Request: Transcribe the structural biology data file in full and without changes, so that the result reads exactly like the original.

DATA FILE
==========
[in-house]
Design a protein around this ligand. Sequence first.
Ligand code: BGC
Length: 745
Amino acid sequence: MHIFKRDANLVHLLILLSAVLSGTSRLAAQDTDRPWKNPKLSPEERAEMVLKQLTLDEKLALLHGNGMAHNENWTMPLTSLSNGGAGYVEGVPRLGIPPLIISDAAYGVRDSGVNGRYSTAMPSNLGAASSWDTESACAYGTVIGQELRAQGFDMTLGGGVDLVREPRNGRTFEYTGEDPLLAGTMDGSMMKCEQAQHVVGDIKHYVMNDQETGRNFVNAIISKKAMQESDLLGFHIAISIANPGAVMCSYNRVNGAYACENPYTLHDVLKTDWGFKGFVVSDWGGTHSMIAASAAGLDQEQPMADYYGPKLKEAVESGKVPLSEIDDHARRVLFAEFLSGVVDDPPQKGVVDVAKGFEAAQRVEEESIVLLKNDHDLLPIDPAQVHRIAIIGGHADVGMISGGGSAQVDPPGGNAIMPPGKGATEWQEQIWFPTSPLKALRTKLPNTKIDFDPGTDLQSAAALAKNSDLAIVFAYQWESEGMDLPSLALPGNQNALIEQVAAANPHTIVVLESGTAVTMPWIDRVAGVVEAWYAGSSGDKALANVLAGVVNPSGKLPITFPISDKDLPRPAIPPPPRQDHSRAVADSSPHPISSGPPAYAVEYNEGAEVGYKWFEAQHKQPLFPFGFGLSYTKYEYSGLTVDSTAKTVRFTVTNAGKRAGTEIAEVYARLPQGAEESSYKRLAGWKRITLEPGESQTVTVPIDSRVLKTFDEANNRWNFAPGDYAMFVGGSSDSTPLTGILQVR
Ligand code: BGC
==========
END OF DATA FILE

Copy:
[in-house]
Design a protein around this ligand. Sequence first.
Ligand code: BGC
Length: 745
Amino acid sequence: MHIFKRDANLVHLLILLSAVLSGTSRLAAQDTDRPWKNPKLSPEERAEMVLKQLTLDEKLALLHGNGMAHNENWTMPLTSLSNGGAGYVEGVPRLGIPPLIISDAAYGVRDSGVNGRYSTAMPSNLGAASSWDTESACAYGTVIGQELRAQGFDMTLGGGVDLVREPRNGRTFEYTGEDPLLAGTMDGSMMKCEQAQHVVGDIKHYVMNDQETGRNFVNAIISKKAMQESDLLGFHIAISIANPGAVMCSYNRVNGAYACENPYTLHDVLKTDWGFKGFVVSDWGGTHSMIAASAAGLDQEQPMADYYGPKLKEAVESGKVPLSEIDDHARRVLFAEFLSGVVDDPPQKGVVDVAKGFEAAQRVEEESIVLLKNDHDLLPIDPAQVHRIAIIGGHADVGMISGGGSAQVDPPGGNAIMPPGKGATEWQEQIWFPTSPLKALRTKLPNTKIDFDPGTDLQSAAALAKNSDLAIVFAYQWESEGMDLPSLALPGNQNALIEQVAAANPHTIVVLESGTAVTMPWIDRVAGVVEAWYAGSSGDKALANVLAGVVNPSGKLPITFPISDKDLPRPAIPPPPRQDHSRAVADSSPHPISSGPPAYAVEYNEGAEVGYKWFEAQHKQPLFPFGFGLSYTKYEYSGLTVDSTAKTVRFTVTNAGKRAGTEIAEVYARLPQGAEESSYKRLAGWKRITLEPGESQTVTVPIDSRVLKTFDEANNRWNFAPGDYAMFVGGSSDSTPLTGILQVR
Ligand code: BGC